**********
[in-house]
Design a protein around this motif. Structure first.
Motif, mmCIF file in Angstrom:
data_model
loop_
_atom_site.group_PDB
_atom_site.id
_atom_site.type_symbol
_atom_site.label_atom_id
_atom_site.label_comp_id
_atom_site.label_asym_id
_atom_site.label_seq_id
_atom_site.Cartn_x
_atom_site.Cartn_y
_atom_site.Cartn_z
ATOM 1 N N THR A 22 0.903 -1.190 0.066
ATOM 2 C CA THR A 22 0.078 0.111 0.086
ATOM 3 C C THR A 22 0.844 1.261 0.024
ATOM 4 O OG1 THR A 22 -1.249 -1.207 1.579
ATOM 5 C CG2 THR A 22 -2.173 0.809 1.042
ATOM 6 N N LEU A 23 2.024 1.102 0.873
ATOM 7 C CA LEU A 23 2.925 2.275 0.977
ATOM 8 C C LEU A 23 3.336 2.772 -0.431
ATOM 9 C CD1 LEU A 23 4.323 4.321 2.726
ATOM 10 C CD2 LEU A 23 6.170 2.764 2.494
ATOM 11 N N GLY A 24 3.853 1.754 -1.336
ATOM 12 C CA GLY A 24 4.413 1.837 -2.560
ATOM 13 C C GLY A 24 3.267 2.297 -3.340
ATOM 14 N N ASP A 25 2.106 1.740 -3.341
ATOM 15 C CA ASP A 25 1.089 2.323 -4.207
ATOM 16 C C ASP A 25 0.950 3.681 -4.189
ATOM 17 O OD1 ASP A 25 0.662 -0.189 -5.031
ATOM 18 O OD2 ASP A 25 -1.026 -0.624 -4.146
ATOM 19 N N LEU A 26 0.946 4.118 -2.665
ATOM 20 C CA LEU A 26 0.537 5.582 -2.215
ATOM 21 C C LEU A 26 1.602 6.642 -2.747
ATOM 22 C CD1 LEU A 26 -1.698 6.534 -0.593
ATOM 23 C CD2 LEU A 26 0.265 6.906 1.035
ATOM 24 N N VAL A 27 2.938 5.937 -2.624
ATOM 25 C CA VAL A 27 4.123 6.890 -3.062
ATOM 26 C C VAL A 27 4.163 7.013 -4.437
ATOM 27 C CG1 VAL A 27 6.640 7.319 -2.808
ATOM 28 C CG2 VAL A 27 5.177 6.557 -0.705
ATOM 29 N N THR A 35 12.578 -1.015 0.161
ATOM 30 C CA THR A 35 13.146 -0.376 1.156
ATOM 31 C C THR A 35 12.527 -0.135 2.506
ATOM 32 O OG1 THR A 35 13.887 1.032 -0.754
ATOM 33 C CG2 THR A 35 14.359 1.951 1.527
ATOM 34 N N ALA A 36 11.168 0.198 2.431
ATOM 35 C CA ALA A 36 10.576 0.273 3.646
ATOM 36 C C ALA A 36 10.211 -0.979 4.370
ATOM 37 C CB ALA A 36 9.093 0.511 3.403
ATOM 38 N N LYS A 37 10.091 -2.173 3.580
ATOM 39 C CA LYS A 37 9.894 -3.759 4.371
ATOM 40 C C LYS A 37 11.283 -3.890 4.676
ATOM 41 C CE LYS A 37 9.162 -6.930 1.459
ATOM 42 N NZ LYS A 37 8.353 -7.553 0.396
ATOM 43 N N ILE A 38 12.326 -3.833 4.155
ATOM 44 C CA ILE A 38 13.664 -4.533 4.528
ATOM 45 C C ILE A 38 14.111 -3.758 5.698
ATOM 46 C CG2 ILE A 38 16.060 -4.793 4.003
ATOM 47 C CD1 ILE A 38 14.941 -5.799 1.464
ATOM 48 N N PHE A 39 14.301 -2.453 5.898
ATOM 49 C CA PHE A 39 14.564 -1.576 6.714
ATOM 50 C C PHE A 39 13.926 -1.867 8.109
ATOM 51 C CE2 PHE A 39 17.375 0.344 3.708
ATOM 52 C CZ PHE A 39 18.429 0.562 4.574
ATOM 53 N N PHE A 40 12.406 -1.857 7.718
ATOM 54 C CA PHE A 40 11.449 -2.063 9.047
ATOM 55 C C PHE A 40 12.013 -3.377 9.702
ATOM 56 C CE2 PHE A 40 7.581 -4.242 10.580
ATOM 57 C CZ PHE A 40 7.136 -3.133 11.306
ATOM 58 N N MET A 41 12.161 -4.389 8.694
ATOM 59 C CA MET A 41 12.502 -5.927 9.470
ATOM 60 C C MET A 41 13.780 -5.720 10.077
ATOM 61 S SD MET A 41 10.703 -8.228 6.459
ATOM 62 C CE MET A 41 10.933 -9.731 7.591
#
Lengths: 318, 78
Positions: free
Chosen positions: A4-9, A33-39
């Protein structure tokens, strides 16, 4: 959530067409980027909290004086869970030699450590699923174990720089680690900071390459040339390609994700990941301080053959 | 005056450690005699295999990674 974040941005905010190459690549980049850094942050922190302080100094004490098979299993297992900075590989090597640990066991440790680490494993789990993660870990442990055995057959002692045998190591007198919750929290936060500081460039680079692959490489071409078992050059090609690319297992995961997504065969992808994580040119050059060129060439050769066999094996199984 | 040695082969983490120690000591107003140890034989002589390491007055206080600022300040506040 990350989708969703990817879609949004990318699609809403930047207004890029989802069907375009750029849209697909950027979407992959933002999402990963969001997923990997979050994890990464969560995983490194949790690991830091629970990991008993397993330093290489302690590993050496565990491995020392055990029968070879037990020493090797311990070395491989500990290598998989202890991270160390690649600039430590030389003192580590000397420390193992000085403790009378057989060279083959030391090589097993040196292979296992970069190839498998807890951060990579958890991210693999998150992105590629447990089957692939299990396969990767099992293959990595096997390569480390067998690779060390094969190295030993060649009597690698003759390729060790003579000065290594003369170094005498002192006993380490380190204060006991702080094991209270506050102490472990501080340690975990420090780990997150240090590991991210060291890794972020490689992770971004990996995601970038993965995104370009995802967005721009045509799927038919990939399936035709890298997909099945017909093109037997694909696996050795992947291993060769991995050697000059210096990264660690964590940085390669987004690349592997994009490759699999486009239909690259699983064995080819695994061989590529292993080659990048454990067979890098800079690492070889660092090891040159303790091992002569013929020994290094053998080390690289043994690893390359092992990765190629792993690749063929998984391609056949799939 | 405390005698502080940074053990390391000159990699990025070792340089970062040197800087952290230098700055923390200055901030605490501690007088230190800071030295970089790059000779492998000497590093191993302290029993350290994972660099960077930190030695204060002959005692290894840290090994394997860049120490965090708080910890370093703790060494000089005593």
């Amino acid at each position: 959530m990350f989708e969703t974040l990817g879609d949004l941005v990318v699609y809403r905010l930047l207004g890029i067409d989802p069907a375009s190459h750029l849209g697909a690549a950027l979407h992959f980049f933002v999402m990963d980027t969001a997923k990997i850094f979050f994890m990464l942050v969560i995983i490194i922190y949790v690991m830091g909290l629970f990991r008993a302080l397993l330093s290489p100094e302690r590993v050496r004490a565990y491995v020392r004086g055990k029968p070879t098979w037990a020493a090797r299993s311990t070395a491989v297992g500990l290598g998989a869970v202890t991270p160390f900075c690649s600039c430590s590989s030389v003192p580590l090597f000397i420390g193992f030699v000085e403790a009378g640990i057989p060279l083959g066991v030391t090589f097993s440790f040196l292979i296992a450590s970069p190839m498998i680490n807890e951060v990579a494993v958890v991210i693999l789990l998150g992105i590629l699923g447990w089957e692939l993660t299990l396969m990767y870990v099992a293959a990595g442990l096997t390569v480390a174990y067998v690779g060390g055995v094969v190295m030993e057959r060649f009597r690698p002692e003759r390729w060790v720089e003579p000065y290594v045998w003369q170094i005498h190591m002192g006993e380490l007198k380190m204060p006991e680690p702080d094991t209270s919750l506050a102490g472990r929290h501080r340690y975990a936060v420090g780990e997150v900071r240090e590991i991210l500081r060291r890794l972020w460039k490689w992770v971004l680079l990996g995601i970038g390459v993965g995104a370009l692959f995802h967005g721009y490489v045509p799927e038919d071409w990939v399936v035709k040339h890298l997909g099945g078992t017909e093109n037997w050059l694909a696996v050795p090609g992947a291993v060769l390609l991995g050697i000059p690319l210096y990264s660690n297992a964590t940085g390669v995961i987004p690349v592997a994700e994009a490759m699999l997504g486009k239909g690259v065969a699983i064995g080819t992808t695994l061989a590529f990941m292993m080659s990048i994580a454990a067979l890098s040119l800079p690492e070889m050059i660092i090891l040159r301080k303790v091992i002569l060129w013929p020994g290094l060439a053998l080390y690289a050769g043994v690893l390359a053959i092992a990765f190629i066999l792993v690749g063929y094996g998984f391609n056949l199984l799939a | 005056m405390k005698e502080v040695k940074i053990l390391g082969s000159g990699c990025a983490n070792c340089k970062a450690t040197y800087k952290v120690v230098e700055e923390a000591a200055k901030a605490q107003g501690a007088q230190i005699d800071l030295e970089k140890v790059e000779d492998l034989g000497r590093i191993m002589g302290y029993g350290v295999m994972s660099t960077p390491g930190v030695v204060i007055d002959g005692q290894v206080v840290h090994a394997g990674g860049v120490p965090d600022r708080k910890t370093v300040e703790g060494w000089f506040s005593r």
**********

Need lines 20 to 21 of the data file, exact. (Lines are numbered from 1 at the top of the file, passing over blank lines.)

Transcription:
ATOM 5 C CG2 THR A 22 -2.173 0.809 1.042
ATOM 6 N N LEU A 23 2.024 1.102 0.873